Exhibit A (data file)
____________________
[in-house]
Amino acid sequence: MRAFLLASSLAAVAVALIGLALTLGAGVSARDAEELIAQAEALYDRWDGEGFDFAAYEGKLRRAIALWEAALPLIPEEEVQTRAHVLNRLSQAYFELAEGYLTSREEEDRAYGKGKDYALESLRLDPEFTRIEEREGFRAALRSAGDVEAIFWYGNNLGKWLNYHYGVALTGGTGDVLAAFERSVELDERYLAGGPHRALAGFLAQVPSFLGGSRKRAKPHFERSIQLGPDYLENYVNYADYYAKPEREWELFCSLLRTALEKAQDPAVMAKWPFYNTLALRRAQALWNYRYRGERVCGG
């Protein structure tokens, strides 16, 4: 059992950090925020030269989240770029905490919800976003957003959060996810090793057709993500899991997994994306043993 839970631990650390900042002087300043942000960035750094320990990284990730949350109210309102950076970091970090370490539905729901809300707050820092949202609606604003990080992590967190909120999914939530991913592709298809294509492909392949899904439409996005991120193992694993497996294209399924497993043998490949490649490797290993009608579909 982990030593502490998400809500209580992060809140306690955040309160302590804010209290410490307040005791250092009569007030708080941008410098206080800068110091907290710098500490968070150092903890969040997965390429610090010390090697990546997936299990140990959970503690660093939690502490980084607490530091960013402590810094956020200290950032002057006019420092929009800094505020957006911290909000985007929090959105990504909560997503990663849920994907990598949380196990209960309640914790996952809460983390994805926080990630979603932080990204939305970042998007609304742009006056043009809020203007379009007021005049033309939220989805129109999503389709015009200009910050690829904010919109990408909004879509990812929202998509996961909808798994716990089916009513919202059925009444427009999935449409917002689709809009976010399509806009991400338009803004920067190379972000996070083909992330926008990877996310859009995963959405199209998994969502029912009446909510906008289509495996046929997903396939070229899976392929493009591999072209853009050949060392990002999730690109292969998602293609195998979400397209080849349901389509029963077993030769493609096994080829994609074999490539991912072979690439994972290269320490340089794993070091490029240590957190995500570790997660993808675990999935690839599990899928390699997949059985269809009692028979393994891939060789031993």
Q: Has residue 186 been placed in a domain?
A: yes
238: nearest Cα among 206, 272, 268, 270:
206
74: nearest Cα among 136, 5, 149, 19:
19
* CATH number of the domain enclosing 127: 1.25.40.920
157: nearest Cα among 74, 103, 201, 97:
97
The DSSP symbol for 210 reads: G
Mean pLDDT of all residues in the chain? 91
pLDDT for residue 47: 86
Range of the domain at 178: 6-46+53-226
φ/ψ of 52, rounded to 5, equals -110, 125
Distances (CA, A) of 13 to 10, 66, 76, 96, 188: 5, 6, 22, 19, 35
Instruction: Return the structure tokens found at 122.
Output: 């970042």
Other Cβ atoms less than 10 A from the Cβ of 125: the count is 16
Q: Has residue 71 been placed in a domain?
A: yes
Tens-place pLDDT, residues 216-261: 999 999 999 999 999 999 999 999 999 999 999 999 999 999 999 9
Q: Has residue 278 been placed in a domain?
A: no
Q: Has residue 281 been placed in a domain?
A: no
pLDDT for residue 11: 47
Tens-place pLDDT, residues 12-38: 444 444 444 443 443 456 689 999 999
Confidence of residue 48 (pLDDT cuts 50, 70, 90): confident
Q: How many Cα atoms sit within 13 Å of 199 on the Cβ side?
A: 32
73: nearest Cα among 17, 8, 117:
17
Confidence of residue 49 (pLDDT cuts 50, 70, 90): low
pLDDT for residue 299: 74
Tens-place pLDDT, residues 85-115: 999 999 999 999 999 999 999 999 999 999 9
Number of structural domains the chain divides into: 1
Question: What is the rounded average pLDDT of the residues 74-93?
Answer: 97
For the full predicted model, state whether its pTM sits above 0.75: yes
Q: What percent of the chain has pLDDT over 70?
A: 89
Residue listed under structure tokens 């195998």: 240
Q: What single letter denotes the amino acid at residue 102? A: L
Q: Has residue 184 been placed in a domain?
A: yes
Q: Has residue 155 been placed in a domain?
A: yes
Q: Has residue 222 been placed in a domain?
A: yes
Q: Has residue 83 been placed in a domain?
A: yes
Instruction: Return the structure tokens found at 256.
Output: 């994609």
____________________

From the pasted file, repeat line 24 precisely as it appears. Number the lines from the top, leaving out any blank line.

Tens-place pLDDT, residues 216-261: 999 999 999 999 999 999 999 999 999 999 999 999 999 999 999 9